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The healthcare system is under attack as Ukraine faces its second winter of war.
Europe Ukraine

The healthcare system is under attack as Ukraine faces its second winter of war.

As Ukraine faces another winter of conflict, the World Health Organization cautions that the public health system will face significant strain as millions of civilians strive to stay safe and warm during the extended, harsh winter season.

According to Jarno Habicht, the World Health Organization’s representative in Ukraine, the invasion of Ukraine by the Russian Federation has had a noticeable effect on public health and has caused an increase in disease burden.

According to him, the end of the war today would not alleviate the health challenges faced by millions in Ukraine. He pointed out that children and the elderly are especially vulnerable and facing difficulties as winter approaches amidst ongoing conflict.

On Tuesday, Habicht spoke to reporters in Odesa and shared that he and the Ukrainian health minister provided essential supplies and medication to Lyman, a city in eastern Ukraine located on the frontlines. Their goal was to guarantee access to treatment throughout the upcoming winter season.

He stated that health care workers and patients are constantly exposed to shelling, which is the harsh reality they face.

Ten million individuals who require assistance with their mental health

Since the invasion of Ukraine by Russia on February 24, 2022, the WHO has confirmed over 1,400 instances of attacks on healthcare facilities, resulting in numerous civilian injuries and causing major disruptions to the country’s healthcare infrastructure.

Habicht stated that the ongoing attacks pose a threat to the delivery of healthcare services. He also mentioned that the fear of these attacks has caused anxiety among many individuals.

According to him, there are over 10 million individuals in Ukraine who require mental health support. These needs range from anxiety to more severe conditions that require treatment from primary care and hospitals.

According to him, over 55,000 primary health care workers have received training to address mental health concerns. Additionally, community-based mental health teams are accessible in various areas to offer support.

Habicht stated that the needs caused by the war will have a lasting impact, especially in terms of mental health, which will continue for multiple generations. He stressed that the 7.5 million children in the country have been particularly affected by the devastating effects of the war.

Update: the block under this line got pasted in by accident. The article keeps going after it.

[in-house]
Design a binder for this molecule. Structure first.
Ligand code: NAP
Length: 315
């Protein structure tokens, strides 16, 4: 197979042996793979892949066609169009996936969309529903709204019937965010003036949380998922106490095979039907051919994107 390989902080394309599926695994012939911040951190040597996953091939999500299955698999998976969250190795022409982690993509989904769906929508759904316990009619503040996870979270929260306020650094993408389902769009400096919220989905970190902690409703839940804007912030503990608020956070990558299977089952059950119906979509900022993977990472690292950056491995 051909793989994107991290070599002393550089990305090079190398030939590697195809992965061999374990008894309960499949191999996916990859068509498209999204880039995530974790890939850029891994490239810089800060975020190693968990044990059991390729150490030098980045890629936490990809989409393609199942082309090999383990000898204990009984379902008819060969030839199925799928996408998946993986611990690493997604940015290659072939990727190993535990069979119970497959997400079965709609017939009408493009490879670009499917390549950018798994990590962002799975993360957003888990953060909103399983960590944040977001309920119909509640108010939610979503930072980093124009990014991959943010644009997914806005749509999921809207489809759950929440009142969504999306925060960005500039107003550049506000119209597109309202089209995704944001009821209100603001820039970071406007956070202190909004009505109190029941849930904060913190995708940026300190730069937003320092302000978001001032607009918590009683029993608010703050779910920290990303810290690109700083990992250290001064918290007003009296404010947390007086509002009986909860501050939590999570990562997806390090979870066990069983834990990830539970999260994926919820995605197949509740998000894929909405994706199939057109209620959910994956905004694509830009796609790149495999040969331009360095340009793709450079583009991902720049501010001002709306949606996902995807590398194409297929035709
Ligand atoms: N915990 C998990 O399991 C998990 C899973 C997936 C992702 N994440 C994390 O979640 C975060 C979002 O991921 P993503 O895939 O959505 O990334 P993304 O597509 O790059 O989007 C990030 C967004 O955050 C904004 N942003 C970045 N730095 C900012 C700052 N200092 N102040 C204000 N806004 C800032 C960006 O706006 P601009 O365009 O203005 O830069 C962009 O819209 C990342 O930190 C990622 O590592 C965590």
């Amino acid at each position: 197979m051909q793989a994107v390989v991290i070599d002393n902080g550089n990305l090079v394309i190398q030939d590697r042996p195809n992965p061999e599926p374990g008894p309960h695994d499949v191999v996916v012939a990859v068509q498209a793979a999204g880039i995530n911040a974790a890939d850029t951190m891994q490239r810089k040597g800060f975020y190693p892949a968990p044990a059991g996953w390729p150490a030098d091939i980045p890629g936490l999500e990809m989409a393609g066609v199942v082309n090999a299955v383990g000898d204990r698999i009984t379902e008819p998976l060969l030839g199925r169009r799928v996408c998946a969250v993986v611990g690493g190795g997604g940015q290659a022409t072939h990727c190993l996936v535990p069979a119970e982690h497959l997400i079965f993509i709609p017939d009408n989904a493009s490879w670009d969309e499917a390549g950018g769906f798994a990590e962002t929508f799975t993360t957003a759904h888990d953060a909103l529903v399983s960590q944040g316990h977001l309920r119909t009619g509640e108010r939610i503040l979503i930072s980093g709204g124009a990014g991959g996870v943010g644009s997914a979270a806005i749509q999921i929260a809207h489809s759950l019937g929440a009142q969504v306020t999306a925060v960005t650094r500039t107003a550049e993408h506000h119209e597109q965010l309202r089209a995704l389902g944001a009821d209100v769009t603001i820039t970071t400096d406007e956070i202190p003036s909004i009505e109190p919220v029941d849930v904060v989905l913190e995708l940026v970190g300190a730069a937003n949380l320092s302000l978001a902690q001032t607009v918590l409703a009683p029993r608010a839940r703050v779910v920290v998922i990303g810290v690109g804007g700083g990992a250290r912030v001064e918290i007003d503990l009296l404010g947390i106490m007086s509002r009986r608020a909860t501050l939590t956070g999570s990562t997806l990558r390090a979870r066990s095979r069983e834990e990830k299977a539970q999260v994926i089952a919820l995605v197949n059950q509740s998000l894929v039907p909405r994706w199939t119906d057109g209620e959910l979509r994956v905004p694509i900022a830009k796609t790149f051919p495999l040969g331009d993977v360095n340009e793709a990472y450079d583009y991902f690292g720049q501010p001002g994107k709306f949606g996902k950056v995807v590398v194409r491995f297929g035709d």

“We have witnessed the effects of the war on mental well-being, nutrition, and vaccinations since the start of the invasion,” he stated. “Therefore, it is crucial that a comprehensive package of services is accessible. We have numerous partners, such as UNICEF, who are working to provide outreach services and ensure access to healthcare.”

Possibly more fatalities

WHO officials have reported that Ukraine suffers from low immunization rates for all vaccine-preventable diseases and, during the long winter ahead, will need to prepare for outbreaks of infectious disease along with difficulties arising from noncommunicable diseases, including cardiovascular disease, diabetes, cancer and chronic respiratory disease.

Habicht cautioned that the colder, freezing winter temperatures may result in increased fatalities.

According to the WHO, approximately 7.3 million individuals will require humanitarian assistance in 2024. Out of this total, Habicht stated that the WHO and its collaborators plan to focus on aiding 3.8 million of the most at-risk population.

He also mentioned that healthcare professionals are preparing for a recurrence of the previous year’s assaults by Russia on Ukraine’s power system.

According to the speaker, there has been a rise in burns caused by heating and new heating devices due to the necessity for electricity and warmth following attacks on civilian infrastructure. The speaker also mentions the need to address the higher demand for burn treatments as a result of drone attacks, and the impact on civilian victims.

As winter approaches, Habicht explained that numerous healthcare facilities have been equipping themselves with generators and heating systems. They are also offering a space for individuals to seek warmth, charge their phones, and relax without worry.

Furthermore, he mentioned that Ukraine’s health care system has improved due to the country’s advancements towards joining the European Union.

Habicht stated that the progress in negotiations has the potential to greatly benefit public health. By improving the public health system, there is also potential for improved overall health for individuals.

I am hopeful, yet practical, that these modifications will require some time.